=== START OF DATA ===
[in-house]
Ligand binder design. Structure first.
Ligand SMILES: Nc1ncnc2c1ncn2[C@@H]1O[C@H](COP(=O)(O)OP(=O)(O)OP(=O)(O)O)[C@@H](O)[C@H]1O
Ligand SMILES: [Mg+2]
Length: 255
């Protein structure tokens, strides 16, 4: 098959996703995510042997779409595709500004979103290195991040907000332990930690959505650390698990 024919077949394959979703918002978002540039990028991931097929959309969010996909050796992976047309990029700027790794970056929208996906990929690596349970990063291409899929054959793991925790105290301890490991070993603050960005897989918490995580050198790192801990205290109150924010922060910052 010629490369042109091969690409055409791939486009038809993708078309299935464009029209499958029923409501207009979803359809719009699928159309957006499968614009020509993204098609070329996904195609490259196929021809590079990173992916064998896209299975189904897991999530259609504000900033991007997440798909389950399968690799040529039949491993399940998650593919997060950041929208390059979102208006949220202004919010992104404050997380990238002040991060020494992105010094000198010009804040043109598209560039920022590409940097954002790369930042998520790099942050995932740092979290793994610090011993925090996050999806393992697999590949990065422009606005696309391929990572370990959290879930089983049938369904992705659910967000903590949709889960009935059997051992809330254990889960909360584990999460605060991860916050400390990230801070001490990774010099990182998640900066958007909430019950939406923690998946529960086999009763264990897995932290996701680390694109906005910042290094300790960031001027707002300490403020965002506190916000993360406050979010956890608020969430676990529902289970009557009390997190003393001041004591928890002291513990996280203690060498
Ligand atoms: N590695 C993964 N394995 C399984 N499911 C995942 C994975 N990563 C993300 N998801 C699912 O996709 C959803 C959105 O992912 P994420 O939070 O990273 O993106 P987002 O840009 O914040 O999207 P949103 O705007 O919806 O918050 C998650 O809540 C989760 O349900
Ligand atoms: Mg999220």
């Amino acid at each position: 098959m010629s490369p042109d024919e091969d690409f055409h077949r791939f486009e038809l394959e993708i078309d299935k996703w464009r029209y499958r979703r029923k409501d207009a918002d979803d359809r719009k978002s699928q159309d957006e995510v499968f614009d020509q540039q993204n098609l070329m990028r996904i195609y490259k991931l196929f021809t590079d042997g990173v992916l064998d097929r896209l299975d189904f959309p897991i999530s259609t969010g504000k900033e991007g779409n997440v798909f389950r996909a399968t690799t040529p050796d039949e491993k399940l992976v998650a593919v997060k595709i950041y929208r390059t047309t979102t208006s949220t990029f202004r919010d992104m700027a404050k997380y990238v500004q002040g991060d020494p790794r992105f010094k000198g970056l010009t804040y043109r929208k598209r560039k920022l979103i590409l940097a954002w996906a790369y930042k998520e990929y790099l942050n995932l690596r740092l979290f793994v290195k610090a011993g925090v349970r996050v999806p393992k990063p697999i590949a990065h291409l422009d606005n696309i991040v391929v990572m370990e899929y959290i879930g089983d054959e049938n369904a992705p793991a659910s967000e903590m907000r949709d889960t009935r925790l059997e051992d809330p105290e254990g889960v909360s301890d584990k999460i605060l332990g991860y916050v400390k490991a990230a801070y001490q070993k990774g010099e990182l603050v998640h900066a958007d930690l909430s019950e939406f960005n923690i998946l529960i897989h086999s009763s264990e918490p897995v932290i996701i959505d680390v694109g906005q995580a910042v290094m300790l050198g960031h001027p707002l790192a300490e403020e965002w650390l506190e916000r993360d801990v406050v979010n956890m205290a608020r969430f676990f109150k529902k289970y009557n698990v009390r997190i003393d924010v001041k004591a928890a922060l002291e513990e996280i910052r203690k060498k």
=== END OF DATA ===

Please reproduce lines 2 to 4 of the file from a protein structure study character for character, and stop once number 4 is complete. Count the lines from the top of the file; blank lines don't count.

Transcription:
Ligand binder design. Structure first.
Ligand SMILES: Nc1ncnc2c1ncn2[C@@H]1O[C@H](COP(=O)(O)OP(=O)(O)OP(=O)(O)O)[C@@H](O)[C@H]1O
Ligand SMILES: [Mg+2]